Adjusting Entry for Accrued/Outstanding Expenses
Expenses relating to the current period, which have been incurred but not paid at the end of the period are known as outstanding expenses. In other words, services or benefits from these expenses have been received but payments have not been made until the end of the period. In fact, the benefits of these expenses have been received during the current accounting period, but they have not been actually paid in the current year.
Suppose, the accounting period of business ends on 31st December and business pays monthly Salaries of $10,000 in the next after getting the services. In this way so far the business has paid Salaries $1,10,000 for 11 months of 2019. But the salaries of the employees for the month of December 2019 will be paid on the 10th of January 2020. Now the salaries of December 2019 $10,000 will be treated as “Outstanding Salaries” of 2019.
Outstanding expenses have the following two effects on the final accounts:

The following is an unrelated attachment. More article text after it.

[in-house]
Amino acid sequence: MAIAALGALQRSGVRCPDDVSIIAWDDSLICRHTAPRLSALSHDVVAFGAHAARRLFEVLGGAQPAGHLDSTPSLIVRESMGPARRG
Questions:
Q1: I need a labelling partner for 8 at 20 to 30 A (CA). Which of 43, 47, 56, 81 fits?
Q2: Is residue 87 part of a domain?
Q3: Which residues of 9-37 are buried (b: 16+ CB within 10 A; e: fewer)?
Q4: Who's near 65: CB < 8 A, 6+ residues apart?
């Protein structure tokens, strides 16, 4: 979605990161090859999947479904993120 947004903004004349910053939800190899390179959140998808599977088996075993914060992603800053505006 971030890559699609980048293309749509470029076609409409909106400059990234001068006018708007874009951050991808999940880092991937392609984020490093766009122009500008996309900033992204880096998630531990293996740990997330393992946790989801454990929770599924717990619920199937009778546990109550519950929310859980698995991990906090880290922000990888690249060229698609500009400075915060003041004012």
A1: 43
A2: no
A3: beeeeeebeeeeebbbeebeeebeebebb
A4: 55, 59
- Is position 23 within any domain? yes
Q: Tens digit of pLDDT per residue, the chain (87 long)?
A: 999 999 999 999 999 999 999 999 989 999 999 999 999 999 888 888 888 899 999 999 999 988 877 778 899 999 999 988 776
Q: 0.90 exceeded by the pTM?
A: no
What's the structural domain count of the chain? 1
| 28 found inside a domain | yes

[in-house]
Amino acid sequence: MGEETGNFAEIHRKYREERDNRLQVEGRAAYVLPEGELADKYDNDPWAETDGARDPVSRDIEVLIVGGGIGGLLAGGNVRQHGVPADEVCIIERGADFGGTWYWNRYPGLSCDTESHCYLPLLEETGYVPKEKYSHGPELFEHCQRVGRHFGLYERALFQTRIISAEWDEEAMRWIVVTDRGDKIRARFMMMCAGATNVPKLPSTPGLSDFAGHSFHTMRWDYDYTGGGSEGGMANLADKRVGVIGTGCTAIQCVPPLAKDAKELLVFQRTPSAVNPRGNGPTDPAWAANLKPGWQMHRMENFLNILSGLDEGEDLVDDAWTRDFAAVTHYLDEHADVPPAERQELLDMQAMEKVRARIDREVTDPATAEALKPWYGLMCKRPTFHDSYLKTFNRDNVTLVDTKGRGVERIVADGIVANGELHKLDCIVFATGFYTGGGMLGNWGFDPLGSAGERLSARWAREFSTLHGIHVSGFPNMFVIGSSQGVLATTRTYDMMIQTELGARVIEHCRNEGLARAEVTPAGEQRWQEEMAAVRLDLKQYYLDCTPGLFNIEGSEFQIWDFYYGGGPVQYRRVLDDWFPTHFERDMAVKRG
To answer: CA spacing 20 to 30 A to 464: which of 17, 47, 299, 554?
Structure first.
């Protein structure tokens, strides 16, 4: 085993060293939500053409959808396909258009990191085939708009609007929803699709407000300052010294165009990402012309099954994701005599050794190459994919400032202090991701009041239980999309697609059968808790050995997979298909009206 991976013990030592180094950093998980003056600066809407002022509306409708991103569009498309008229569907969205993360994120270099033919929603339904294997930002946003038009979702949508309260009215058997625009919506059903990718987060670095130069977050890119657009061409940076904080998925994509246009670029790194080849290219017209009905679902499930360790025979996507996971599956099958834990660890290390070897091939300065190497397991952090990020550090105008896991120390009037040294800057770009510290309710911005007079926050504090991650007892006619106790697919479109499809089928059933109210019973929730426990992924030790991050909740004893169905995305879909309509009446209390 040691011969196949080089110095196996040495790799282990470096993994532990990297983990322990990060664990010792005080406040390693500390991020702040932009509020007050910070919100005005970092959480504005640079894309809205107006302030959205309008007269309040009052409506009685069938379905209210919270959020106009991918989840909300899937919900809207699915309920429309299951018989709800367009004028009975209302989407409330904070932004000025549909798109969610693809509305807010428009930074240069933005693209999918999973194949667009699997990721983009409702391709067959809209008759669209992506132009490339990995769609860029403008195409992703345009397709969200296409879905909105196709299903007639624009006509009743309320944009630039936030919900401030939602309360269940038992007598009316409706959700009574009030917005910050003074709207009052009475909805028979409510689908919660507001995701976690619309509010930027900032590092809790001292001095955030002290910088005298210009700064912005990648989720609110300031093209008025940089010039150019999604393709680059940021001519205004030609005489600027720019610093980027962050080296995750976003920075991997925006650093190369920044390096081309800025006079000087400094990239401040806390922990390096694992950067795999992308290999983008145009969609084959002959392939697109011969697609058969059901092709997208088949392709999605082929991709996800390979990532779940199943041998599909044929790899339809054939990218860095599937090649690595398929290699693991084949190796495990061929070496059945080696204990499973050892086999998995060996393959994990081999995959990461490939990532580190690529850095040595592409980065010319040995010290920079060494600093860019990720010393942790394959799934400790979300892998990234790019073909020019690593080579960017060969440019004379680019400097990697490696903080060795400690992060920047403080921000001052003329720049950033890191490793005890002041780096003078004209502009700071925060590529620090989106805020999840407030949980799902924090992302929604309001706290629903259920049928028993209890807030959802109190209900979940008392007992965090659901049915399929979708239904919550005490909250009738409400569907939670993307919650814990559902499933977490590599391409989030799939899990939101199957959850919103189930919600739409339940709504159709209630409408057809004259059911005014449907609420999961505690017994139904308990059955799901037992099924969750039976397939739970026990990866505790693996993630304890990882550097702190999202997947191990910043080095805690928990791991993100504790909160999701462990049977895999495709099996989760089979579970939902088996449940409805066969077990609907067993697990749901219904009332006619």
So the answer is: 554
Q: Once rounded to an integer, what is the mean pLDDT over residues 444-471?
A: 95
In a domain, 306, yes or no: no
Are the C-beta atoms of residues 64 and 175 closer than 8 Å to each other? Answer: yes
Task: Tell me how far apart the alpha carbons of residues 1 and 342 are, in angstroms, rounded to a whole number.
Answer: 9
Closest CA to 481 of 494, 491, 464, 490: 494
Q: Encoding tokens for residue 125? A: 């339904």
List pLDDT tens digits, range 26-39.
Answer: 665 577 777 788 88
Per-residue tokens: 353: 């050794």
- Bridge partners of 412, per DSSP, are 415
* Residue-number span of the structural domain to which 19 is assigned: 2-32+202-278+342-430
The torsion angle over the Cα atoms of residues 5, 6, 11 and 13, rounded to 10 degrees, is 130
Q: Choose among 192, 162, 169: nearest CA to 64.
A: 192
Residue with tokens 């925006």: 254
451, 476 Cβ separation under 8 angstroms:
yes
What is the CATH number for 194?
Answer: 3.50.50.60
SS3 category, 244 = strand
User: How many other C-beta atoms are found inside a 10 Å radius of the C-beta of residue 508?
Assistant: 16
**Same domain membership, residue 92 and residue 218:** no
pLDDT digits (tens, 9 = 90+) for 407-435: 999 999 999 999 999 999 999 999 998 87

- “Outstanding Salaries” is an expense of 2019 because services of the employees have received and will be charged as an expense to the Profit and Loss Account of 2019. so “Outstanding Salaries” will be added in Salaries on the debit side of Profit and Loss Account.
- At the same time the amount of “Outstanding Salaries” is payable yet. It is a liability of the business and will appear as a liability in Balance Sheet.
The adjusting entry for accrued or outstanding expense is made as follows:
The amount of accrued expense will be added in particular expense in the income statement and the same amount will be shown as a liability in the balance sheet.
Next year when salaries will be paid the following entry will be made and “Outstanding Salaries Account” will be closed.
Sam Trading Company closes its books on December 31 each year. The wages amounting to $600 are incurred during the year 2016 but not paid till the end of the year. Make an adjusting entry for this outstanding expense on December 31, 2016.